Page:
What to do about the cost of gasoline? We would favor a signal from the Bush administration of a willingness to begin releasing reserves and a stop to the stockpiling of those reserves, two moves we think would put the brakes on rising prices.
Last week, OPEC agreed to increase its output quotas by 11 percent - 2.5 million barrels a day, effective July 1 - which immediately knocked down the price of a barrel of oil by 68 percent. Prices at the pump have begun to ebb since the announcement, despite the predictions of experts that it would have little effect.
We've also seen the comparisons with the energy crisis of the 1970s which show that prices then were far worse, when measured in constant dollars, than they are today.
But here's something we didn't know - and the reason to be alarmed about the cost of a gallon of gas, especially in a state such as Nevada which depends so heavily on tourists traveling here during the summer months: Nine of the 10 U.S. recessions since World War II have coincided with or been preceded by spikes in oil prices.
That's what has us so concerned and why action is needed at the national level.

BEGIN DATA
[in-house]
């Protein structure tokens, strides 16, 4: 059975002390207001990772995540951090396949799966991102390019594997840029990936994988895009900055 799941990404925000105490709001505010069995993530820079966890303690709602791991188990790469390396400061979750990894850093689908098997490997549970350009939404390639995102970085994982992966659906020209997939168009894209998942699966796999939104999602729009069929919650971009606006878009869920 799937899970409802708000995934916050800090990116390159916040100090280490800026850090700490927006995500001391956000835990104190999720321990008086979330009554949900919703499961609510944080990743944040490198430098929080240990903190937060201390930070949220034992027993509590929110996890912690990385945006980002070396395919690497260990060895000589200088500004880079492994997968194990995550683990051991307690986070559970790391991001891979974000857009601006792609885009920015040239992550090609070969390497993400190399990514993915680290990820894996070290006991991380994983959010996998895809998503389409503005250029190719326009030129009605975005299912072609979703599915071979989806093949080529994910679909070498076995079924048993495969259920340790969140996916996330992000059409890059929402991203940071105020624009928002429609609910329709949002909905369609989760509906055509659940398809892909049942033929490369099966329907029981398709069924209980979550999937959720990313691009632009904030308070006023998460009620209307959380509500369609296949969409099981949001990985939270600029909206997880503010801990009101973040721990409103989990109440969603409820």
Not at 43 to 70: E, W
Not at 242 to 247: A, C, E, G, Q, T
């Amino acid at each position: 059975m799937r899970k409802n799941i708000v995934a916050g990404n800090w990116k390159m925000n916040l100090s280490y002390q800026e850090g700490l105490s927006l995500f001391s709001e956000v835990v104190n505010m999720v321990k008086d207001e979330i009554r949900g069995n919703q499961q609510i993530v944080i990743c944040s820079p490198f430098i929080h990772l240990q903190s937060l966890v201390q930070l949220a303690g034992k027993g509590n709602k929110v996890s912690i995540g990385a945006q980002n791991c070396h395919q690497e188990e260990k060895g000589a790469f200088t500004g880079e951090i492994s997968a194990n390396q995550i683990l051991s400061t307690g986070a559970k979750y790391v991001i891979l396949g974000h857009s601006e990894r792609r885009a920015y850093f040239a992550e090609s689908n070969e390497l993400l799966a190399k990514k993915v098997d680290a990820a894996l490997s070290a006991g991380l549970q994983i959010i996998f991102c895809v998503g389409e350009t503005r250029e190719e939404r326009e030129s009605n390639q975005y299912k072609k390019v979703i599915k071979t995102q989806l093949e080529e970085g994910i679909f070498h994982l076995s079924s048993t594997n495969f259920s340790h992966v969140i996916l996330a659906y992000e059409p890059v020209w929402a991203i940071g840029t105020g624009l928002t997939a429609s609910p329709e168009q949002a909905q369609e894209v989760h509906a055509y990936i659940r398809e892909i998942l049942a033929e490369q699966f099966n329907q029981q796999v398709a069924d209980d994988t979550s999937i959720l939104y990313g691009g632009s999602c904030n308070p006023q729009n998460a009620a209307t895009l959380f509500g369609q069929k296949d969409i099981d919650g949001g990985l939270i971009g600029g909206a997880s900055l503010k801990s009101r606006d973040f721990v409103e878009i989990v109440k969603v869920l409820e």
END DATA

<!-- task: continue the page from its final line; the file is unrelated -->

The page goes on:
Dependence on foreign oil and the whims of OPEC can have dire consequences for both national security and the health of the economy. The attacks of 9/11 were obviously costly in human lives and the destruction done to the financial center of New York City, and the damage to the national economy was immense. Only now is it beginning to regain its previous pace.
Oil prices are artificially high simply because of the notion that Saudi oil fields might be at risk of terrorist attack. An actual strike at an oil pipeline or refinery anywhere in the world would send shockwaves through the economic centers of the world.
While production increases help stabilize the price, the better long-term strategy is renewed concentration on conservation measures. The United States must make fuel-efficiency, alternative fuels, electric-gas hybrid vehicles, mass transit and bicycle/pedestrian friendly communities high among its priorities. There's more at stake than few nickels at the pump.